Privations, arrivals and departures
With “Indian Arrival Day” some two weeks away, against a background of 7000 mostly Indian-Guyanese fired sugar workers struggling to survive at Wales, Rose Hall, and Skeldon, we revisit the devastating conditions that brought Indians here as immigrants.
ROAR of Ravi Dev
With “Indian Arrival Day” some two weeks away, against a background of 7000 mostly Indian-Guyanese fired sugar workers struggling to survive at Wales, Rose Hall, and Skeldon, we revisit the devastating conditions that brought Indians here as immigrants. Sadly, after the depredations of the PNC starting from the 1970’s worked to replicate those conditions, a second migration of Indian Guyanese to the Caribbean, Suriname, Venezuela, the US and Canada and elsewhere was initiated. And this has become intensified once again. Deteriorating conditions in Venezuela have forced several thousand Indian- Guyanese and their children to return and they have added to the struggle for survival in the rural areas.
Most of the 19th century immigrants - some 90% -originated in the Bhojpuri belt of the United Provinces (Now Uttar Pradesh and Bihar) while the remainder came from the Madras Presidency. The question arises as to why these persons left their country when their customs forbade “crossing the “Black Waters” (Kala Pani)”, which made them lose their place in the community. The short answer is it was ultimately a matter of life and death and they chose life, tenuous as that would become.
While “indentured labour” might today be seen as a transitory passage of commercialised human labour from African chattel slavery to the so called “free labour” of today, the conditions that herded Indians into that option were man-made. The sugar planters had no faith free Africans would sell their labour at a rate to make sugar profitable. They therefore actively sought a new supply that would guarantee such cheap labour on demand. But where would such rates exist that could not attract freed slaves be a “pull factor” for indentureship? The answer was British India.
The story began in 1757 when the troops of the British East India Company captured Bengal from the Moguls and completed their inexorable conquest of the legendarily rich India within 50 years. Less than a decade later – between 1768 and 1771 from Bengal and Bihar (from where most Guyanese immigrants originated) – more than 10 million persons: one third of the population – died from a “famine”. Why? Two reasons. Firstly, the farmers that supplied the bulk of the population with foodstuff were forced by the British into producing cash crops for export – even while they were forced to pay onerous taxes at the threat of death and violence. Remember “Lagaan”?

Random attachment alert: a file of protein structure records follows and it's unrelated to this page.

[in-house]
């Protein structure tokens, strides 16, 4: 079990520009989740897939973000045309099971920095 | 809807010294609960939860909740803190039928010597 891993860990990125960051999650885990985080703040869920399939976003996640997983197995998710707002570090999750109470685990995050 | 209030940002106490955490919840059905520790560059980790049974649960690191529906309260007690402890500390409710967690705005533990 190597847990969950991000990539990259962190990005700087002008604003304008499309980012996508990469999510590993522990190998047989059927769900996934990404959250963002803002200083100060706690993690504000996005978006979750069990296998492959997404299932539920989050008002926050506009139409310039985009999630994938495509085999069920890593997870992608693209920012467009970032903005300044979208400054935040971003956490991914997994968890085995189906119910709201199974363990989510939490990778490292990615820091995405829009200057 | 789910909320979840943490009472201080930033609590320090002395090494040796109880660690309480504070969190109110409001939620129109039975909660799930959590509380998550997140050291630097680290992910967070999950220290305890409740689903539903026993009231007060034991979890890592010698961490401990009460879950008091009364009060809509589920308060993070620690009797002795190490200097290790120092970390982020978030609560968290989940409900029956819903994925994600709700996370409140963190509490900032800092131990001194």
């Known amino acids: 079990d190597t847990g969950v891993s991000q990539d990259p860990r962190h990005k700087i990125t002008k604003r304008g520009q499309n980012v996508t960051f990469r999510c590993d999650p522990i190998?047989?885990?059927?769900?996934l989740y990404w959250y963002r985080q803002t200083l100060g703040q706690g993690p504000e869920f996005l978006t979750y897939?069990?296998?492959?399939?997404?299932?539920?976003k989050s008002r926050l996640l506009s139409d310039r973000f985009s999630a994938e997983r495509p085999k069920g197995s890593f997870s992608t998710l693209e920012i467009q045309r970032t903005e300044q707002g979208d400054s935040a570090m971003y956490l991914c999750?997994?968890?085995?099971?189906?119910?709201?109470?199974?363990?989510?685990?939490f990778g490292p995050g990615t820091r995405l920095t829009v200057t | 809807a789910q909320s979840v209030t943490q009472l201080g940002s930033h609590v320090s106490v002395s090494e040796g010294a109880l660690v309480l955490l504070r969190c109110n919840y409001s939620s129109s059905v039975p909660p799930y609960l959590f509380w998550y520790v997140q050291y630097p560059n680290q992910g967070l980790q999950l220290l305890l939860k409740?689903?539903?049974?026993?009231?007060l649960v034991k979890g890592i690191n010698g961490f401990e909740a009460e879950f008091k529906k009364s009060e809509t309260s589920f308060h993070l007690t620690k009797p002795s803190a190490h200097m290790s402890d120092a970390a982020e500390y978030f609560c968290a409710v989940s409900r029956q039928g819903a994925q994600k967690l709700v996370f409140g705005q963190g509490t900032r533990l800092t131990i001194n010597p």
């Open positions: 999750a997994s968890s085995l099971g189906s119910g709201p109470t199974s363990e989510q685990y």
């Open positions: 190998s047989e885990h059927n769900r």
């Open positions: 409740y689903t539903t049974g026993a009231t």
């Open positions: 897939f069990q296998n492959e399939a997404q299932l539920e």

We quote the words of then British Governor, Warren Hastings, who boasted to the home office: “Notwithstanding the loss of at least one-third of the inhabitants of the province, and the consequent decrease of the cultivation, the nett collections of the year 1771 exceeded even those of I768… It was naturally to be expected that the diminution of the revenue should have kept an equal pace with the other consequences of so great a calamity. That it did not was owing to its being violently kept up to its former standard.”
The cash crops the farmers were forced to grow included cotton, opium, indigo and, as described above, this was simply to keep paying off the extortionate demands of the British who exported rice and wheat, even during the famines. Millions were also thrown out of work when the British forbade Indian weavers from producing cotton yarn and the cotton fabrics that had enthralled Europe. Henceforth, only cotton woven by British looms could be sold in India! Where were the weavers to get the money to buy food much more clothes? Incidentally, Britain became the largest drug dealers up to the present where the opium – up to 800 tons annually – were shipped to China so that the British could buy Chinese tea for their ”cuppa”, sweetened by our sugar.
Between the Bengal famine of 1768 and the end of Indentureship in 1917, conservatively, over 54 million Indians perished from famine. In the book “Late Victorian Holocausts” (2001) Mike Davis describes how Viceroy Lord Lytton, insisted that wheat be exported to England. In 1877 and 1878, at the height of the famine when 10.3 million persons perished, grain merchants exported a record 800,000 tons of wheat and 1.9 million tons of rice. As the peasants began to starve, officials were ordered “to discourage relief works in every possible way”.
And this is why the upsurge of indentured Indians correlated with the British-induced famines in India. And the closure of sugar estates by the PNC government has history repeating itself today. As farce.